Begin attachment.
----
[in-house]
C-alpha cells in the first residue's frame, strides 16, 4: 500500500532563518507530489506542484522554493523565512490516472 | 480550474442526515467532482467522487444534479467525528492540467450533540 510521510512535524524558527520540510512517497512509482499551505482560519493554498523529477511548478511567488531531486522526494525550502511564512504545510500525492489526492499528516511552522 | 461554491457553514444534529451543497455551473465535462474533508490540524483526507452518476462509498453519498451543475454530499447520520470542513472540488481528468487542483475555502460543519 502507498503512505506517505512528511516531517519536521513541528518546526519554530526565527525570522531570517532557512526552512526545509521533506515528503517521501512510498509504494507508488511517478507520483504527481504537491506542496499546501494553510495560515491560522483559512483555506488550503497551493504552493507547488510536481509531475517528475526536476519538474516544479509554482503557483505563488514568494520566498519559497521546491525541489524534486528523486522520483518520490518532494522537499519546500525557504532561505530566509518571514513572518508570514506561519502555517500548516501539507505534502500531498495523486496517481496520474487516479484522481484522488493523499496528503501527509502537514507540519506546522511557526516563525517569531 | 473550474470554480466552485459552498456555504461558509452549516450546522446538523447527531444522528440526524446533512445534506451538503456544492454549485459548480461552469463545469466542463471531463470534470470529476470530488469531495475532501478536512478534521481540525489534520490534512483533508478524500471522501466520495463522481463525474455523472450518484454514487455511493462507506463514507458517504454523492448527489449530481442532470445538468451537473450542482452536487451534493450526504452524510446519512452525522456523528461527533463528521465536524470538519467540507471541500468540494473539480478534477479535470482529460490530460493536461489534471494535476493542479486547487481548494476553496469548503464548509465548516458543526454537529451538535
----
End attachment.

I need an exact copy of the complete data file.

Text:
[in-house]
C-alpha cells in the first residue's frame, strides 16, 4: 500500500532563518507530489506542484522554493523565512490516472 | 480550474442526515467532482467522487444534479467525528492540467450533540 510521510512535524524558527520540510512517497512509482499551505482560519493554498523529477511548478511567488531531486522526494525550502511564512504545510500525492489526492499528516511552522 | 461554491457553514444534529451543497455551473465535462474533508490540524483526507452518476462509498453519498451543475454530499447520520470542513472540488481528468487542483475555502460543519 502507498503512505506517505512528511516531517519536521513541528518546526519554530526565527525570522531570517532557512526552512526545509521533506515528503517521501512510498509504494507508488511517478507520483504527481504537491506542496499546501494553510495560515491560522483559512483555506488550503497551493504552493507547488510536481509531475517528475526536476519538474516544479509554482503557483505563488514568494520566498519559497521546491525541489524534486528523486522520483518520490518532494522537499519546500525557504532561505530566509518571514513572518508570514506561519502555517500548516501539507505534502500531498495523486496517481496520474487516479484522481484522488493523499496528503501527509502537514507540519506546522511557526516563525517569531 | 473550474470554480466552485459552498456555504461558509452549516450546522446538523447527531444522528440526524446533512445534506451538503456544492454549485459548480461552469463545469466542463471531463470534470470529476470530488469531495475532501478536512478534521481540525489534520490534512483533508478524500471522501466520495463522481463525474455523472450518484454514487455511493462507506463514507458517504454523492448527489449530481442532470445538468451537473450542482452536487451534493450526504452524510446519512452525522456523528461527533463528521465536524470538519467540507471541500468540494473539480478534477479535470482529460490530460493536461489534471494535476493542479486547487481548494476553496469548503464548509465548516458543526454537529451538535